Thursday, February 9, 2012
Following the Count
in this Blog Entry
We see, in order from top to bottom:
a bust of the count;
the street where he was born in Palermo where Casa Cagliostro has been converted into holiday apartments available for rent over the internet;
an ironic use of floor tiling in one of the Casa Cagliostro apartment bathrooms;
a home in which he dwelt in Strasbourg;
another in Paris;
Il Castel di San Leo
It is perhaps no accident, Masonically speaking, that troops loyal to Garibaldi came in search of the Count. Cagliostro was famous for his Rite of Egyptian Freemasonry, and it undoubtedly greatly influenced the development of both the Rite of Memphis and that of Mizraim, which were later to be joined as the Memphis Mizraim. Garabaldi was an initiate of this form of Freemasonry, and modern Italy is the home of the only regular Grand Lodge which includes it among its active inventory of rites.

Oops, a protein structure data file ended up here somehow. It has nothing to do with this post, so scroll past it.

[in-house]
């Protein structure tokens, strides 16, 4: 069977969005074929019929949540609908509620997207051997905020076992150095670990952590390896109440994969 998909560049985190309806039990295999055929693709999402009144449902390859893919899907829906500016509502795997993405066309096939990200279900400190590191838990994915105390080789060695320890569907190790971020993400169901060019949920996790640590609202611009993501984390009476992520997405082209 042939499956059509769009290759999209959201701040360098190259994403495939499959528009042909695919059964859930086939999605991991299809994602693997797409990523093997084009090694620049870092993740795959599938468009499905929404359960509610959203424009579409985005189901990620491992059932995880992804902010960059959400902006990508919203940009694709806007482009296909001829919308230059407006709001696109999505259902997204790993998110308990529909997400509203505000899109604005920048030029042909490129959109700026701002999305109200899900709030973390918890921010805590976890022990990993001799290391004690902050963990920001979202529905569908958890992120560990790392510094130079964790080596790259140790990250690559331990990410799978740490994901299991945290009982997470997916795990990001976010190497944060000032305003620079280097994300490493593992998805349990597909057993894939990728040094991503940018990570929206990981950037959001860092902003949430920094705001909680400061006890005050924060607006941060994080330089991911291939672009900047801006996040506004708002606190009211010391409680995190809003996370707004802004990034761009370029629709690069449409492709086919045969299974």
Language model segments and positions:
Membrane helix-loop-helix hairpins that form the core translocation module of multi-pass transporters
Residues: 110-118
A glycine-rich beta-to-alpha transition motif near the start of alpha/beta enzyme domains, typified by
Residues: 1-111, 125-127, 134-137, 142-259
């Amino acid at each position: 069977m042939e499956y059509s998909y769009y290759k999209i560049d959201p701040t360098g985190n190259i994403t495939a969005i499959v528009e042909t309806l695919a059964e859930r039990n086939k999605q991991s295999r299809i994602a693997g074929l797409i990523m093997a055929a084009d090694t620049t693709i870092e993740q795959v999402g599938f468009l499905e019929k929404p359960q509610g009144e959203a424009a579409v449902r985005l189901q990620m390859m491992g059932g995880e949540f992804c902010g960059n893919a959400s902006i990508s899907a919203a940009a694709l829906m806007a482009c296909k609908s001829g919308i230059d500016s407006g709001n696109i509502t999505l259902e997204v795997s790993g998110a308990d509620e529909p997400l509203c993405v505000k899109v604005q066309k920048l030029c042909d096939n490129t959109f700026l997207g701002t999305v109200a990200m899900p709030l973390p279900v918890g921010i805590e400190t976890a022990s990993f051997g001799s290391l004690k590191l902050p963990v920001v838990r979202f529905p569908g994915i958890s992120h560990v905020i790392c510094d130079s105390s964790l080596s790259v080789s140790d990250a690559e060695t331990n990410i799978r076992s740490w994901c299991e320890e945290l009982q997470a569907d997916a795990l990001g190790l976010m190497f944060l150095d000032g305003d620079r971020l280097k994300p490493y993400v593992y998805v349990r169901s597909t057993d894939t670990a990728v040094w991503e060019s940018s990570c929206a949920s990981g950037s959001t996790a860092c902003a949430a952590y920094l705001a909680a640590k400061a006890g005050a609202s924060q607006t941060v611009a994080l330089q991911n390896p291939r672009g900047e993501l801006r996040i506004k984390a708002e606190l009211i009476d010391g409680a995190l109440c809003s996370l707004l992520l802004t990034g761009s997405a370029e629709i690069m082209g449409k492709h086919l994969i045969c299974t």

Modern Esotericism might indeed look different today had the movement chosen to take more inspiration from the documented works and rituals of Cagliostro, than those of the self promoting Crowley. Some actually believe that the Comte de Saint-Germain and Count Cagliostro were one and the same.
If you wish to learn more, there has probably never been another Freemasonry about whom more books have been written. There have even been a few movies, although they are unlikely to leave you very entertained, and most certainly no better informed. The Hedge Mason recommends you investigate the following titles to avoid some of the dross:
Cagliostro: The Splendour and Misery of a Master of Magic. Trowbridge, W. R. H. London: Chapman & Hall,1910.
The Last Alchemist: Count Cagliostro, Master of Magic in the Age of Reason. McCalman, Iain. NY: Harper Collins, 2003.
The Masonic Magician: The Life and Death of Count Cagliostro and His Egyptian Rite. Faulks, Philippa, Cooper, Robert L D. London: Watkins, 2008.